King of Hearts
To my eye, the Central Park Tower and many other self-proclaimed wonders are just uninspired supertall boxes jutting cloudward. But 53W53 is not the only one showing imagination. 111 at 111 Murray Street in Tribeca is a curious glass wrap-around of a cylinder gracing that part of town, which, like most neighborhoods, is deemed by designers to merit, in fact desperately need, more luxury condos. Though offering a mere 64 floors, its crystalline façade emphasizes the curved or rounded form, declares that “modernism lives in Tribeca,” and claims to be visually striking from both inside and outside the building. Original it certainly is, and the views of the city magnificent.
Even Brooklyn has succumbed to the construction craze. The Greenpoint at 21 India Street is a two-building residential complex near the East River waterfront in the Greenpoint section. Soaring above a 5-story block-long building with rentals, the 400-foot tower offers a multifaceted glass façade that escapes the boxlike look and houses luxury condos with superb views of Manhattan. The rents? Starting at $2,383 a month for studios. And the condos? Since this is only Brooklyn, a mere $989,000 – under one million! – for a one-roomer. Of course it’s the condos, starting at the tower’s 28th floor, that offer the spectacular views. But the lowly renters at least get the Brooklyn waterfront.
And who are the residents of these soaring, amenity-rich palaces? Ah, that’s a well-kept secret. But not for nothing are there references to the “Billionaire Building” on 57th Street’s “Billionaires Row.” You get the idea. As for the luxury residences themselves, perched high above the shabby neighborhoods of the less affluent, what are they like? The glossy special sections of the giant realtor Brown Harris Stevens (“Bold Honest Smart”), often inserted in the Sunday New York Times, give us a glance. Devoid of humanity, the living spaces shown are flooded with light and arranged impeccably, with plump, sterile sofas adorned with cushions, shelves of unread books, polished floors, and atrocious modern art on the walls. There is a lack of the warmth and messiness of lived-in quarters; prevailing is the cold, rigid beauty of design.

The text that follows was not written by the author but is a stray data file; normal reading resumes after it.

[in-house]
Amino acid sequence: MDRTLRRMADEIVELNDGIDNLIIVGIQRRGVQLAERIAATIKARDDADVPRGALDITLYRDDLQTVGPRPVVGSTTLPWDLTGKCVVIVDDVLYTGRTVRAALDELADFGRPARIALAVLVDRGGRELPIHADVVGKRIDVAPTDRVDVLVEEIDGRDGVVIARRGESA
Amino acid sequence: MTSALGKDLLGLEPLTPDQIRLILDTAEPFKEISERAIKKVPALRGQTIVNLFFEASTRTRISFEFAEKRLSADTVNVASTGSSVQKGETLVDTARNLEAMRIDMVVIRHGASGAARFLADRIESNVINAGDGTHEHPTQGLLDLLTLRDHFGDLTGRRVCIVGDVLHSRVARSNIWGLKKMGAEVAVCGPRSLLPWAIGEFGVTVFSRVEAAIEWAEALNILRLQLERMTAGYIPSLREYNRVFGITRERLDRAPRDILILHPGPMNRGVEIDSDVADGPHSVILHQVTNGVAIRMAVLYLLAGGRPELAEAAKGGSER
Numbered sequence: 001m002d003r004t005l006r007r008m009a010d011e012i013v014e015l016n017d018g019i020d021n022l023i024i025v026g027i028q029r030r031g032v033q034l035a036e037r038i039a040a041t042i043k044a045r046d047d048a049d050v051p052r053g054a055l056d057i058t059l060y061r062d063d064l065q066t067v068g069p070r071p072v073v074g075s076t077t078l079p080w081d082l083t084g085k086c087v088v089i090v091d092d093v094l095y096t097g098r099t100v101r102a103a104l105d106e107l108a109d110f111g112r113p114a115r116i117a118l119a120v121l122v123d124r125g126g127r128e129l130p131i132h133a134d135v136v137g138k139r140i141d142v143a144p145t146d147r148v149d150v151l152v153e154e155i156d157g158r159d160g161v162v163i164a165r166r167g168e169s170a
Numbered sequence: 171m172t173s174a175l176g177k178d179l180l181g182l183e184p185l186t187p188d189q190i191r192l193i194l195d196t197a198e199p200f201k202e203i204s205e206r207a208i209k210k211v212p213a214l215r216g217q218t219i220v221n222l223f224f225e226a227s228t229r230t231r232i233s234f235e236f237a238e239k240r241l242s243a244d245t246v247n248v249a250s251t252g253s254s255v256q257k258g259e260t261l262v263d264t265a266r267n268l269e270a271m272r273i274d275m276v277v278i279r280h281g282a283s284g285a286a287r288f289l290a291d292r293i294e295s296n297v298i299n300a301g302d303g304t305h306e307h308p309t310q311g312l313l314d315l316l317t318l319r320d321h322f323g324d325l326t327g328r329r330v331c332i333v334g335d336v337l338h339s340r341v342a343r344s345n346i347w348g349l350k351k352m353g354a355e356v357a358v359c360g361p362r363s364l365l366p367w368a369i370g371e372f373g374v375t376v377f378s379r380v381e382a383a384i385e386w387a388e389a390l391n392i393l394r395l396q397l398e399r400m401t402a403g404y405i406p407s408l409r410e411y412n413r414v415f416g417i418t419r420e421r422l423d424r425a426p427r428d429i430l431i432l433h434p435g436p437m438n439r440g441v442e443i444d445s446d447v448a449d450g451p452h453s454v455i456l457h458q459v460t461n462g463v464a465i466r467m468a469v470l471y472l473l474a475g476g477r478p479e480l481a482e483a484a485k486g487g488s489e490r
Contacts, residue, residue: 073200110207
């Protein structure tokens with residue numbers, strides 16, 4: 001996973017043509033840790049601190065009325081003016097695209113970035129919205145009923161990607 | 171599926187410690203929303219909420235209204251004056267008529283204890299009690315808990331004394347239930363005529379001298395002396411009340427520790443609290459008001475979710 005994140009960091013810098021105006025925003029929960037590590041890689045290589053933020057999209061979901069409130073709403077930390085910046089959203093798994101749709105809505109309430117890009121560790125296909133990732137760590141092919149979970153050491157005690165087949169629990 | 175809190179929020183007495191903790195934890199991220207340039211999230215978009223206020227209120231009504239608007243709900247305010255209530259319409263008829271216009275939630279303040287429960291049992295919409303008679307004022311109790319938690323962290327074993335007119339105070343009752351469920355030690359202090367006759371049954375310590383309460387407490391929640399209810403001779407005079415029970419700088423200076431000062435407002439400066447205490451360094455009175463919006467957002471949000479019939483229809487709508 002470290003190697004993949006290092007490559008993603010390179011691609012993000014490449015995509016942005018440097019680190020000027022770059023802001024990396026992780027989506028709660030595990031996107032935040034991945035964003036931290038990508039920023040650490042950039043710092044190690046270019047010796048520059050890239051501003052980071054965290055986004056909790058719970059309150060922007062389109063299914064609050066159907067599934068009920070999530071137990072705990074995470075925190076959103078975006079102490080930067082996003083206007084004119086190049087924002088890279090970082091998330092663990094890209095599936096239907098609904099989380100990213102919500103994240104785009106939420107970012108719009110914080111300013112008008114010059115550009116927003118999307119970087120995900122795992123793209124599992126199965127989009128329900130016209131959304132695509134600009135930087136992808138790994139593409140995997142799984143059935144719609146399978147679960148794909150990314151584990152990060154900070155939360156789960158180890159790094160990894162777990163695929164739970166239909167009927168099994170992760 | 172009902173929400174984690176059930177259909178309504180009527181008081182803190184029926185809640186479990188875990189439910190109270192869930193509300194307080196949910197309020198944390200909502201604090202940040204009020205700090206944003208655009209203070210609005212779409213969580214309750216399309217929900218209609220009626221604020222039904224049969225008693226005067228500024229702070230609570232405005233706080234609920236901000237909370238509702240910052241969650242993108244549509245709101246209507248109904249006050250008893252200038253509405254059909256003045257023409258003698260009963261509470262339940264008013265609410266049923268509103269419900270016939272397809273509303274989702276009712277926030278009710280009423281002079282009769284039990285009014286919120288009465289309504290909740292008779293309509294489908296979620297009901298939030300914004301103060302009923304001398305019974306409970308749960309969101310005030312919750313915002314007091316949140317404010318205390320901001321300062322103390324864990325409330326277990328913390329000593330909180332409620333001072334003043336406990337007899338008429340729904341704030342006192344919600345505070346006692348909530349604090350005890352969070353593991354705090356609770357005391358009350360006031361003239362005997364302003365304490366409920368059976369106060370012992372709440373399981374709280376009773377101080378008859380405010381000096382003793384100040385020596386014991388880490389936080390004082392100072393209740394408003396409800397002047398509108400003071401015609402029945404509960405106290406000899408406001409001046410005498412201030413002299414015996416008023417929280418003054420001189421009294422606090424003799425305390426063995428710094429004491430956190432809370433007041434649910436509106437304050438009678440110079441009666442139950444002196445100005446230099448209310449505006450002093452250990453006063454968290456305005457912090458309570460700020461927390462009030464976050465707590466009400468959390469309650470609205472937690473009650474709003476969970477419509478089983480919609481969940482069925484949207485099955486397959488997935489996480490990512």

Hopefully, even the affluent drop tissues, mess up upholstery, and befoul gleaming surfaces with telltale rings of wine glasses and brandy snifters. But a March 24 front-page editorial of the New York Times, which so often features these glossy ads, suggests that the absentee residents of these condos, taking advantage of the city’s services as they so airily do, should be subject to a pied-à-terre tax to better fund the city’s schools, subways, and affordable housing. The editorial notes that hedge-fund magnate Kenneth C. Griffin paid an unprecedented $238 million for a penthouse on Central Park South, when he has another penthouse in Chicago, a condo in Miami, and a mansion in London, each of them worth millions.
|Midtown Manhattan, looking north from the Empire State Building, 2005. |
And plenty more has happened since.
Jleon of En.Wiki